There is regional variation in the underemployment rate (Data are not available for Shetland Islands, Orkney Islands or South Lanarkshire).
The highest rates in 2018 were in Na h-Eileanan Siar (13.5 per cent), North Ayrshire (13.2 per cent) and South Ayrshire (10.2 per cent).
The lowest rates were in East Dunbartonshire (5.1 per cent), East Renfrewshire (5.3 per cent) and North Lanarkshire (5.6 per cent).
In the last year, the rate of underemployment has decreased in 15 local authorities and increased in 13 local authorities.
The largest increases over the year were in Dundee City increasing by 3.2 percentage points to 8.7 per cent*; South Ayrshire increasing by 2.3 percentage points to 10.2 per cent and East Ayrshire increasing by 1.7 percentage points to 7.9 per cent.
The largest decreases were in East Renfrewshire down by 4.8 percentage points to 5.3 per cent*; Scottish Borders down by 4.7 percentage points to 8.6 per cent* and Clackmannanshire down by 4.3 percentage points to 7.9 per cent.
Public Sector Employment accounts for 25.5 per cent of all in employment while private sector is 74.5 per cent of all in employment.
The local authorities with the highest public sector employment representation, outside of the Islands, were West Dunbartonshire (33.4 per cent), East Ayrshire (32.8 per cent) and South Ayrshire (31.4 per cent).
Chart 13: Changes in public and private sector employment (16+) 2004-2018, Scotland
Note: Industry sector is self-reported on the Annual Population Survey and could be subject to some inaccuracy. The official source for estimating Public Sector Employment is the SG Quarterly Public Sector Employment Series: https://www2.gov.scot/Topics/Statistics/Browse/Labour-Market/PublicSectorEmployment
In the last 10 years, there have been substantial movements in the number of people employed by sector with 42,100 more women in the Public admin, education and health sector and 5,400 less men (Note this is not the same as the Public Sector).
Otherwise, larger changes were more men and women employed in Banking, finance and insurance (men up 51,900 and women up 25,000); large decreases in Manufacturing (men down 35,200 and women down 17,800) and a large decrease in Construction for men (down 37,000).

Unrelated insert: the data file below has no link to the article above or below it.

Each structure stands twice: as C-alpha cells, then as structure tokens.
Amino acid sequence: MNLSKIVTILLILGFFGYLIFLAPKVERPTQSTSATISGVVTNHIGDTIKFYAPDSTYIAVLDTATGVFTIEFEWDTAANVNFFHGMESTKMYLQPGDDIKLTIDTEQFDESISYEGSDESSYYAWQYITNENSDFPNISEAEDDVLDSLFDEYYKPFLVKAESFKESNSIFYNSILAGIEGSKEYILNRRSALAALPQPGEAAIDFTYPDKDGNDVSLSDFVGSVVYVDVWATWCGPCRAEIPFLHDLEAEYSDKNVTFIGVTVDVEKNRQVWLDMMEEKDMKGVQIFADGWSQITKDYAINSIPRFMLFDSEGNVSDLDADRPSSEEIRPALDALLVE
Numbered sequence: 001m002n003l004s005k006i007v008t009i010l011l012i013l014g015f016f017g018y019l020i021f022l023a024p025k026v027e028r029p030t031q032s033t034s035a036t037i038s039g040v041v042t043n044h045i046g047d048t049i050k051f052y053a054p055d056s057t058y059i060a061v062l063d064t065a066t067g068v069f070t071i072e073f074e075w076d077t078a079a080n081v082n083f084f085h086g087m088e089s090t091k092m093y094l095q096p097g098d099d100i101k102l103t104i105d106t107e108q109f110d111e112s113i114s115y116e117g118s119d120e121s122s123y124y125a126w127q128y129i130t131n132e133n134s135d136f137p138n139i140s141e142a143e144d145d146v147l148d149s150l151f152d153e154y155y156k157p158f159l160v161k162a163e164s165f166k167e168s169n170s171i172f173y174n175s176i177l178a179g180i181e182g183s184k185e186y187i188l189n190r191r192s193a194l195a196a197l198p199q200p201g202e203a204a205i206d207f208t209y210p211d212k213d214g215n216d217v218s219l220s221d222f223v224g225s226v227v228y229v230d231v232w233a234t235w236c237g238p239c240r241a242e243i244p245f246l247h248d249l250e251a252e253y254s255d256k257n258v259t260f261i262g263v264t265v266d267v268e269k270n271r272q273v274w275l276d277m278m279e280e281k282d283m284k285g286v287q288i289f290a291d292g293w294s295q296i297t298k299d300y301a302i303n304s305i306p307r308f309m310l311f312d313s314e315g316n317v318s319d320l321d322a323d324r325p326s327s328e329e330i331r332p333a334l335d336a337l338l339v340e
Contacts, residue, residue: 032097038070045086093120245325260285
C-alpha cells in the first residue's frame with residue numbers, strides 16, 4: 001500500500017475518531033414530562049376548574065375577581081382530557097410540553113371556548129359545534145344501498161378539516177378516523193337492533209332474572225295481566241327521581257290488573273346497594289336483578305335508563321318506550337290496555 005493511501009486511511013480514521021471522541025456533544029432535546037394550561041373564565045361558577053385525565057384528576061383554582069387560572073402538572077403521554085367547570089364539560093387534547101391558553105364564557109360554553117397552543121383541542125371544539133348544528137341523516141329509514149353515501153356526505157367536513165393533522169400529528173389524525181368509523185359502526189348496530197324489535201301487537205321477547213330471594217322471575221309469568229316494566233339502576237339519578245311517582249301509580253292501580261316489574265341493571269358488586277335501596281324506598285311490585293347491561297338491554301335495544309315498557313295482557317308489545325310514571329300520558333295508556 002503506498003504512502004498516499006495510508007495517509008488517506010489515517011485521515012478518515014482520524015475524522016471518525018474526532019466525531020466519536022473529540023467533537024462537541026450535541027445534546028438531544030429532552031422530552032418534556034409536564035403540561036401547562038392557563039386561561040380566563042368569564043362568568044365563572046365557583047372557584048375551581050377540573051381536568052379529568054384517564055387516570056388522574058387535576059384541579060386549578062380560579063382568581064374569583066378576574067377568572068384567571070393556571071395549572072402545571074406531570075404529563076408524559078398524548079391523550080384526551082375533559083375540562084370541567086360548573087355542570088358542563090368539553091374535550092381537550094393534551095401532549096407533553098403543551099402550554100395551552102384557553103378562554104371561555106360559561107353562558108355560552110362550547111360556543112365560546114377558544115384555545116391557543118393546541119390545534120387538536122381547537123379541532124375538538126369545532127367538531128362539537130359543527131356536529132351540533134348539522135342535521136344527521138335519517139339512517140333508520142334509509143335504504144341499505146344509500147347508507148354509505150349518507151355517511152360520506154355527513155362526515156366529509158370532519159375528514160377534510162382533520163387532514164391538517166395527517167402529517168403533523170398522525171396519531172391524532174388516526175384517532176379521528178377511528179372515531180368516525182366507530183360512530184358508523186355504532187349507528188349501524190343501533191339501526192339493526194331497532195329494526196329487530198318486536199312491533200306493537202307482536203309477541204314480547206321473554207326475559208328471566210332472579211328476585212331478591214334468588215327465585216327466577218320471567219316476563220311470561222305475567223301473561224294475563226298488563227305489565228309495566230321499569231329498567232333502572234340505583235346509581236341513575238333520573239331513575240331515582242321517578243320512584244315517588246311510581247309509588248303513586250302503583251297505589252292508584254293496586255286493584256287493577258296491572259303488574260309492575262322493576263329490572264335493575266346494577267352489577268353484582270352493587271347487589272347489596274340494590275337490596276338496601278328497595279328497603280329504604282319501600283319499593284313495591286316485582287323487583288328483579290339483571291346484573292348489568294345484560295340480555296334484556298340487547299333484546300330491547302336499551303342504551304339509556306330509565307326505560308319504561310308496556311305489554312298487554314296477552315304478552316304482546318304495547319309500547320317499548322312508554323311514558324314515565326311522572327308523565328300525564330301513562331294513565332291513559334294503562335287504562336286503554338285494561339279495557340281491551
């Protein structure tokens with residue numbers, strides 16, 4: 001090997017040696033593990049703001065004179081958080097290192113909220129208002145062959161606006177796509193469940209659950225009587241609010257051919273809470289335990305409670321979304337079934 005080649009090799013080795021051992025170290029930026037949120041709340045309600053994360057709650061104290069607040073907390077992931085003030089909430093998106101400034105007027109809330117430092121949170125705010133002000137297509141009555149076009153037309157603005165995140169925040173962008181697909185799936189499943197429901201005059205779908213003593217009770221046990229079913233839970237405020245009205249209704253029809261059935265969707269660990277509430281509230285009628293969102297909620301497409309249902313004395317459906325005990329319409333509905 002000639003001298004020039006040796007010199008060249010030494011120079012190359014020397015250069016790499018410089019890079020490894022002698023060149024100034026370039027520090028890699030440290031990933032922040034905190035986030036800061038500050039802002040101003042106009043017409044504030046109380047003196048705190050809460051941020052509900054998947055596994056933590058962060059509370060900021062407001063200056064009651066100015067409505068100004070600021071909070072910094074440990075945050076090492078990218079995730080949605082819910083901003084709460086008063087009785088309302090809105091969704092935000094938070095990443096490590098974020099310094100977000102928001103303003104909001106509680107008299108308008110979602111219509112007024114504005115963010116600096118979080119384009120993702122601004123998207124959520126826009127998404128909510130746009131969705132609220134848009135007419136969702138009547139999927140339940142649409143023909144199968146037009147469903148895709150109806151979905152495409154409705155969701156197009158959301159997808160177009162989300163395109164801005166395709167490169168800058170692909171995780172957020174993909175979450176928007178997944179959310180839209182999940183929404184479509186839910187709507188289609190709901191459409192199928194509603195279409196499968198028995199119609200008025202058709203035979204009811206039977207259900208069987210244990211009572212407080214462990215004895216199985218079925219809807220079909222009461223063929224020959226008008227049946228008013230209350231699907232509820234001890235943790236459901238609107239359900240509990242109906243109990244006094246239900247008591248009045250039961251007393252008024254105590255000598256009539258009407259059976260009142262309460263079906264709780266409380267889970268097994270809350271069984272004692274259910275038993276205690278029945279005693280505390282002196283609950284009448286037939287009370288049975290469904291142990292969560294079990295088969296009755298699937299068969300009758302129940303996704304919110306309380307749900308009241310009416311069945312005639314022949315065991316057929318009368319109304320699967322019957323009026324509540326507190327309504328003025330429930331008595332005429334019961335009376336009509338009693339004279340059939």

Chart 14: Change in the number of people employed (16+) over the last 10 years by industry and gender, Scotland
2.4 Gender Segregation
Gender segregation remains a persistent issue across several broad industry sectors and occupational groups in Scotland.
Chart 15: Proportion of all in employment (16+) by sector and occupation and gender, 2018, Scotland
Although equality legislation has been in place for many years, gender segregation is still apparent in many industry sectors in Scotland.
Almost half of women in Scotland (47.4 per cent) work in the Public admin, education and health sector (Note this is not the same as the Public Sector).
Over two-fifths (44.5 per cent) of men work in sectors that show high levels of gender segregation: Construction (12.4 per cent), Transport and communication (11.0 per cent), Manufacturing (11.8 per cent), Energy and water (6.8 per cent) and Agriculture and Fishing (2.5 per cent).
Gender segregation across the various occupational groups show a similar picture to that seen across industry sectors with specific occupational groups showing high levels of segregation.
43.3 per cent of women in Scotland were employed in occupations that are gender segregated towards women: Administrative and secretarial (15.7 per cent), Personal service (17.0 per cent) and Sales and customer service occupations (10.6 per cent).
31.5 per cent of men in Scotland were employed in occupations that exhibit high levels of gender segregation towards men: Skilled trades (19.8 per cent) and Process, plant and machine operatives (11.8 per cent).
* Statistically significant